We have had two editions of the BetVictor Championship League Snooker in 2020. Very unusual, but I like it! I enjoyed watching the CLS earlier in June, when it was an invitational event. Now it has become a ranking event. The format is quite different from other tournaments: competitors are placed in groups of four and everyone plays everyone within a group. Each match consists of four frames: a win grants three points and a draw grants a single point. Only the player that tops his group advances to the next stage. In case of two or more players having the same number of points, frame difference is used as tiebreaking criterion. For me, that’s a recipe for a lengthy and yet unpredictable tournament.
Before the second stage starts, here is a full recap of the first 16 days of competition:
As expected, the world number 1, Judd Trump, topped group 1 with two wins and one draw against Alan McManus. Ryan Day advanced to the next stage with 6 points. Day made a magnificent 147 break against Rod Lawler, the first maximum of the season. What a nice way to start! In my opinion, the final black of his 147 is the shot of the tournament so far.
Robert Milkins topped group 3 with 6 points. Jamie Jones came close to top the group but lost more frames than Milkins. Barry Hawkins is also through having scored 6 points to lead group 4. Come to think of it, Hawkins has fallen out of the top 16, which is kind of sad. I wish him a very good season because he is too good a player not to win more tournaments.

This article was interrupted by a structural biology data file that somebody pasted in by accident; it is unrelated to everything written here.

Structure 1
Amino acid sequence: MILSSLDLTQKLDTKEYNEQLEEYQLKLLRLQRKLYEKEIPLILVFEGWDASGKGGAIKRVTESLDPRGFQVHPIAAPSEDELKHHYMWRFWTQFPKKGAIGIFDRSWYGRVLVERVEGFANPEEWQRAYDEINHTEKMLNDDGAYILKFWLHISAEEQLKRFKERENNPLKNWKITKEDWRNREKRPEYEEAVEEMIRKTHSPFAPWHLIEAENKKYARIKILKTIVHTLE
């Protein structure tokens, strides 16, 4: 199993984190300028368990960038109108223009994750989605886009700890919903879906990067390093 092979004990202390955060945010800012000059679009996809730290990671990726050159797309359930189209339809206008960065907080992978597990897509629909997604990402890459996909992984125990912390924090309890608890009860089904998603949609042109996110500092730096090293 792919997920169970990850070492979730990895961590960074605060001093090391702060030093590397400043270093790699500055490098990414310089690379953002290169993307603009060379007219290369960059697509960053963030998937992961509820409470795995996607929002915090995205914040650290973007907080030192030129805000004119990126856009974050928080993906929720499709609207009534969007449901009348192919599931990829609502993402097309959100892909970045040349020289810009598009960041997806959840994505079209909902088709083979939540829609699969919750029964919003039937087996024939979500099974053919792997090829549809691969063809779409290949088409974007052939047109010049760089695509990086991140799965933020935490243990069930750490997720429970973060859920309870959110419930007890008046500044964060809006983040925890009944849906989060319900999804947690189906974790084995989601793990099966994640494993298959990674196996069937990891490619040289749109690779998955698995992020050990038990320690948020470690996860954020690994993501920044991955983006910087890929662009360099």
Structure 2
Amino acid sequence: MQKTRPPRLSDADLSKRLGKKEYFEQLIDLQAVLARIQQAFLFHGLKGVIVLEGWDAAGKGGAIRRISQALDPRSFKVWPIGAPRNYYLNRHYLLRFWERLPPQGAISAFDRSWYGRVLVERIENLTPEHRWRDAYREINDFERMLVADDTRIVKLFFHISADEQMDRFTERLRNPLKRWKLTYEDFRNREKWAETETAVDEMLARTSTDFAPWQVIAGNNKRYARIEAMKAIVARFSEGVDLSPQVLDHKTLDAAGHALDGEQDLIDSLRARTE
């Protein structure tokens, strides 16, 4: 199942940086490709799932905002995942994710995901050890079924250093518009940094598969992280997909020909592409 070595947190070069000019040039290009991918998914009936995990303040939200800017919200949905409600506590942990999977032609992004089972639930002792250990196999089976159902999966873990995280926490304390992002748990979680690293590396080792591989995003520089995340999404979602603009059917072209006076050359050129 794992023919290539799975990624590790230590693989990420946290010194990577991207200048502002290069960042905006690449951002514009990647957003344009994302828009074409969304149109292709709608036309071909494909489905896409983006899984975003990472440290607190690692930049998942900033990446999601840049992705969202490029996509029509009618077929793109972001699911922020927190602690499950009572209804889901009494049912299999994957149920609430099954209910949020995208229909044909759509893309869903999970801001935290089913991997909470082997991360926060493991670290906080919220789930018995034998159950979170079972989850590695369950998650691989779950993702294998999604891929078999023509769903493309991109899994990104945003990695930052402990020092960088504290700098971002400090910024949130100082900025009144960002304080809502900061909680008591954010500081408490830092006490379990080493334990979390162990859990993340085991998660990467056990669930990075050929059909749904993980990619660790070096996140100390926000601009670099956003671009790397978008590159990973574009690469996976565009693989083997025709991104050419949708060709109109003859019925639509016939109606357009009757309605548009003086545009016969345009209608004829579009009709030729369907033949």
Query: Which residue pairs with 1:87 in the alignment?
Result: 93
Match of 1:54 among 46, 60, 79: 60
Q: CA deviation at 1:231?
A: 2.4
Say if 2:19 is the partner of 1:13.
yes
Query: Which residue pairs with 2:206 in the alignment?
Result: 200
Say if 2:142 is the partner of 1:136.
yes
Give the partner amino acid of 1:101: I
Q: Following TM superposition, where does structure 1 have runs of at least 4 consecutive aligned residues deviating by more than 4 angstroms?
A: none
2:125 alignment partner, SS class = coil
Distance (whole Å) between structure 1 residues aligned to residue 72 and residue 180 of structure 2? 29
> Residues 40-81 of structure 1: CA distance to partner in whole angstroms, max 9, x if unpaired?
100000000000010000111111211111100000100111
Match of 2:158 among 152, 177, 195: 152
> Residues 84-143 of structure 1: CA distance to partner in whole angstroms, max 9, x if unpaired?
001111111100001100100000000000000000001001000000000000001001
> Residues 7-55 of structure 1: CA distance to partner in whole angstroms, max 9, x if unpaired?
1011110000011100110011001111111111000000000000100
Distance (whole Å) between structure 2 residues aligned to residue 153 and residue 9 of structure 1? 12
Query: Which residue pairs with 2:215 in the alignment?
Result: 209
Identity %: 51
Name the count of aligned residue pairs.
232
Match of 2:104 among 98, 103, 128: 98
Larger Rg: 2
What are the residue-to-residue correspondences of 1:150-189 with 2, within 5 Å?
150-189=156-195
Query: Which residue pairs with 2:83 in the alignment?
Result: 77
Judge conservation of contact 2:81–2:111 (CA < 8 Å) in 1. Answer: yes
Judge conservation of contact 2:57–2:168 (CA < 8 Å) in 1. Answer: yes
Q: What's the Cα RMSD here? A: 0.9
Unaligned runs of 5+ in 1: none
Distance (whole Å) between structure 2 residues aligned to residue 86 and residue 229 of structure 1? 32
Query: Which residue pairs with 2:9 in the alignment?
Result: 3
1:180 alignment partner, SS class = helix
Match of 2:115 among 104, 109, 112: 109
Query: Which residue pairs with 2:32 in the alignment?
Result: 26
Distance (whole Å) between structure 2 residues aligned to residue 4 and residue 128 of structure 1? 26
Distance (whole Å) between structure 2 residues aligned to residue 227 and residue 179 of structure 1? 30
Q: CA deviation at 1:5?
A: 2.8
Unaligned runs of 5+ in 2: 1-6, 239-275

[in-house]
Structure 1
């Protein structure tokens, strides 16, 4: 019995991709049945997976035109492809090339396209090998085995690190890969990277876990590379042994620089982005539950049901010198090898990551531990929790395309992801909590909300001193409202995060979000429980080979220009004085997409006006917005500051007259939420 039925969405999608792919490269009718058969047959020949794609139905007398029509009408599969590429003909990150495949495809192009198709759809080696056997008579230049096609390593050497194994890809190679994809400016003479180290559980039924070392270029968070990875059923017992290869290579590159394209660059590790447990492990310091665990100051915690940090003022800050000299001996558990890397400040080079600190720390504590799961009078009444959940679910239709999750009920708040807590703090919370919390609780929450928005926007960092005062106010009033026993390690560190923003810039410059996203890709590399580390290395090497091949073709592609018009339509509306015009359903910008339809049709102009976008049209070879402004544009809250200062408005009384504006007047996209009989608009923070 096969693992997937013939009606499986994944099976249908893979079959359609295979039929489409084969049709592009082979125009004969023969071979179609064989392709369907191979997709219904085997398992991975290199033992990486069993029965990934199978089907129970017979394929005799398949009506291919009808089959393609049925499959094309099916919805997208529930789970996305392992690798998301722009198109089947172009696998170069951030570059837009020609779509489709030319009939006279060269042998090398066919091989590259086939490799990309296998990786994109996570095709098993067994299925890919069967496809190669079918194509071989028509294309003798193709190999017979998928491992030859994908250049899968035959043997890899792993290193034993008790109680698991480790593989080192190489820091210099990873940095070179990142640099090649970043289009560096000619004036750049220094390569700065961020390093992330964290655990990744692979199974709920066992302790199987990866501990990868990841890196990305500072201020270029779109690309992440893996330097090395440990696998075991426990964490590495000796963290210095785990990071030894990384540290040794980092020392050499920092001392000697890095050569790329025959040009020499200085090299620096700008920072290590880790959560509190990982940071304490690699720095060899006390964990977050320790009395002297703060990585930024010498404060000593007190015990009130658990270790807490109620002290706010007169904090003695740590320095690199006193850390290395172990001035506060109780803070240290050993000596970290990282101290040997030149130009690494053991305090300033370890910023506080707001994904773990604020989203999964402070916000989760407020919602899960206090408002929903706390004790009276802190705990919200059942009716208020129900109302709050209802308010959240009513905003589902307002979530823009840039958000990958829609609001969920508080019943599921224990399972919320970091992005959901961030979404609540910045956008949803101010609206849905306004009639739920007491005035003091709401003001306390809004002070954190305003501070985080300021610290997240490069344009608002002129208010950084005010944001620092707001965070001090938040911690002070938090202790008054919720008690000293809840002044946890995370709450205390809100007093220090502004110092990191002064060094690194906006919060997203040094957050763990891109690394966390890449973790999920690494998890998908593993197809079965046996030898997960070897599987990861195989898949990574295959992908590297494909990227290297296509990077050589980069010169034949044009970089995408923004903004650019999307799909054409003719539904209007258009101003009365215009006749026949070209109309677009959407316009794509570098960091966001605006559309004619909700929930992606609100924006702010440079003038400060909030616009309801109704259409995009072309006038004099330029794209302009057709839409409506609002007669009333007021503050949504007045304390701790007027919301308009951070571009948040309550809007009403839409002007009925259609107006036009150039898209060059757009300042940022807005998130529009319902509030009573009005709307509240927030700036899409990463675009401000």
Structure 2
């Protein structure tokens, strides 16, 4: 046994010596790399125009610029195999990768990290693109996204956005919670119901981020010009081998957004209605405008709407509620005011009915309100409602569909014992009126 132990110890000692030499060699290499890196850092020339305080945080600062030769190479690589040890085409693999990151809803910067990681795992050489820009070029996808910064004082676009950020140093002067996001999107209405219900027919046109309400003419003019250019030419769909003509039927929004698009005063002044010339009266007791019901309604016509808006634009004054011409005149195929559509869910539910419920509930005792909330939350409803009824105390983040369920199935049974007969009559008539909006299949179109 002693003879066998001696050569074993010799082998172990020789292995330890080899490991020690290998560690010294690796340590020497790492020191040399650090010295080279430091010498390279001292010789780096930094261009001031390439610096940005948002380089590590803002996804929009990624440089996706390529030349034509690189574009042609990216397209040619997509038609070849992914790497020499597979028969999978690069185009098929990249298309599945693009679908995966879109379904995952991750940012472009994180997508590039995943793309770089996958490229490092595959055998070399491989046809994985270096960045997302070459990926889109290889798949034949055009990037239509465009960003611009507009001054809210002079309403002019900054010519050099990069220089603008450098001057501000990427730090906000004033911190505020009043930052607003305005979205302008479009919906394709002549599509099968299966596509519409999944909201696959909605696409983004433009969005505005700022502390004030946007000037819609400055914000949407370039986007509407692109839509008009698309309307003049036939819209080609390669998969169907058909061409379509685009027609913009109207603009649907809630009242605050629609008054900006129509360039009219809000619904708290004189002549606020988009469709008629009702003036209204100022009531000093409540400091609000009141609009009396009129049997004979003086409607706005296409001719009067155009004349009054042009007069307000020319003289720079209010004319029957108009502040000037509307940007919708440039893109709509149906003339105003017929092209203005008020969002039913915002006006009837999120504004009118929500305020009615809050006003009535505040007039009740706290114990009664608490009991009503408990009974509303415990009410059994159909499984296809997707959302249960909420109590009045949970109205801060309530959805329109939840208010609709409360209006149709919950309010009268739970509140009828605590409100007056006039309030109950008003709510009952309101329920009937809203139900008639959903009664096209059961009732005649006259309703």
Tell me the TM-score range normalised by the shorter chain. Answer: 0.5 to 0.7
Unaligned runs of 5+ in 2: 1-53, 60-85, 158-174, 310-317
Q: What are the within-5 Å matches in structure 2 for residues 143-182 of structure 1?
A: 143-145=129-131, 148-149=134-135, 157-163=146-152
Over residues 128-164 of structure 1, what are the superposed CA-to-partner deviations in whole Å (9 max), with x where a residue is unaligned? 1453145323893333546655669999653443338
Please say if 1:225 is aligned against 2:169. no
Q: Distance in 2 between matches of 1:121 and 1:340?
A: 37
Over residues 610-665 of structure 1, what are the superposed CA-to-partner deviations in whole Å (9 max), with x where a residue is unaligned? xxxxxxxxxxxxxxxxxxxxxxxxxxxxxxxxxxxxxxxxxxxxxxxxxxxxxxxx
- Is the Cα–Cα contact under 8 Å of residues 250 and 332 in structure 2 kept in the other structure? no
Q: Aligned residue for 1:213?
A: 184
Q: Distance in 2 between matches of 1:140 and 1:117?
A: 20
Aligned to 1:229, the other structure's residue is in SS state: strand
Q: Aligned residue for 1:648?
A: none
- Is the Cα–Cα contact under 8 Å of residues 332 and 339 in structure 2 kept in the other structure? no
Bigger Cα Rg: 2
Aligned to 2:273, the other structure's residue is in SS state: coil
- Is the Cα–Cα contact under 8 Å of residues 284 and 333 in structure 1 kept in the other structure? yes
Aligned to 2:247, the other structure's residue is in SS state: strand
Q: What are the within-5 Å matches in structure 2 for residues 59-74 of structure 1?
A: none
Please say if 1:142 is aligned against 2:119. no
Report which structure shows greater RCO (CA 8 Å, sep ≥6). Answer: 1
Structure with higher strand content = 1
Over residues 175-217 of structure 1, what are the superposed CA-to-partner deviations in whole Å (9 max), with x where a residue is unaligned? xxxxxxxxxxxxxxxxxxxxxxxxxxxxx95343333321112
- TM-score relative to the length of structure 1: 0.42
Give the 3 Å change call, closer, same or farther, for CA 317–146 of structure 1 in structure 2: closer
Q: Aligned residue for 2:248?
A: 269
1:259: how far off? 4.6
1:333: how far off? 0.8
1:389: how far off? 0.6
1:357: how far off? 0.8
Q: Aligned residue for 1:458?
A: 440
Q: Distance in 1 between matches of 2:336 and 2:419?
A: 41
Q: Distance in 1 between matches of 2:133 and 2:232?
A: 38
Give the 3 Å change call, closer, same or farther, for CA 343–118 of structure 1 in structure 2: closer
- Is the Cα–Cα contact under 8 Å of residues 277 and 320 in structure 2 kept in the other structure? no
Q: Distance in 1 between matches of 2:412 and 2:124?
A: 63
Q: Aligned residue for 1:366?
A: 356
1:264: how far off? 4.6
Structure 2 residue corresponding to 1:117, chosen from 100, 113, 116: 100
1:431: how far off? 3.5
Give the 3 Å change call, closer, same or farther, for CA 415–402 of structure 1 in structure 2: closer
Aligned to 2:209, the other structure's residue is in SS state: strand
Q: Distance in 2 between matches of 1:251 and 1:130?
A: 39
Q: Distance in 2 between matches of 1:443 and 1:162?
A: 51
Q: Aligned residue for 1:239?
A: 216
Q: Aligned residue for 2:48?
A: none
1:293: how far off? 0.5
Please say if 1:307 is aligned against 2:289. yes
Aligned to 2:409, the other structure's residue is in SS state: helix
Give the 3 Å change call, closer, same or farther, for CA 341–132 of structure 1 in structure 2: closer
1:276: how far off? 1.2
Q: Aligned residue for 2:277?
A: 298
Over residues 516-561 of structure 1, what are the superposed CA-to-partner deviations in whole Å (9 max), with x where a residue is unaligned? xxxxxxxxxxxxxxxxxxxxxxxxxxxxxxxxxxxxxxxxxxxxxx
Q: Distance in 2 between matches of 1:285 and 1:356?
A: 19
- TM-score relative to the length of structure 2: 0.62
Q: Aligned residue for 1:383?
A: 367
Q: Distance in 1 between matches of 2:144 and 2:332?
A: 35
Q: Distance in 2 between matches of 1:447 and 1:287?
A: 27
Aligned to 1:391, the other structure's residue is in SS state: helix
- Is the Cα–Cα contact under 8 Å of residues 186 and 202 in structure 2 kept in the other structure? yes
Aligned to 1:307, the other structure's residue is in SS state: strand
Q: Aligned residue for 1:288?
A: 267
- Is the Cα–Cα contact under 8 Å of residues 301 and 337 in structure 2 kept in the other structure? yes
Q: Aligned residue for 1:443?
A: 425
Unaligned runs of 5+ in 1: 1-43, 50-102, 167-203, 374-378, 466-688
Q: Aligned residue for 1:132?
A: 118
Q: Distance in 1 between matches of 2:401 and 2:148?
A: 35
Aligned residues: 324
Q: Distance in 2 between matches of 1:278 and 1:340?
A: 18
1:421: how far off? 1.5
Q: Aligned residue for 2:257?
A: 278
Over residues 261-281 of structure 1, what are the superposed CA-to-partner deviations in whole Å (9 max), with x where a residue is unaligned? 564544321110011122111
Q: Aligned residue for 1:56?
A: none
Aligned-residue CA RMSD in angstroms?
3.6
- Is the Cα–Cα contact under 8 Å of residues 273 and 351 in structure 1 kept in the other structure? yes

These four winners will compose the first group of stage two, which will be the toughest and most interesting to watch.
Dominic Dale topped group 5 without having lost a single match. I was surprised, considering that Stephen Maguire and the talented young player Louis Heathcote were in the same group. Irish amateur Leo Fernandez (The Lion) won his first two matches and took his final match to a decider against Dale, who won 3-1. Maguire took third and Heathcote came last. Maguire has not yet shown his top form since he won the Tour Championship last season.
The Chinese player Zhou Yuelong topped group 6 with 5 points. Zhao Jianbo also finished with 5 points but lost more frames than Yuelong. Matthew Selt led group 7 with two wins and one draw. In group 8, Shaun Murphy made light work of Martin O’Donnell, Jimmy White and rookie Peter Devlin, having an almost perfect record with 9 points and only one frame lost (against O’Donnell). He was outstanding, given the fact that he had tendinitis.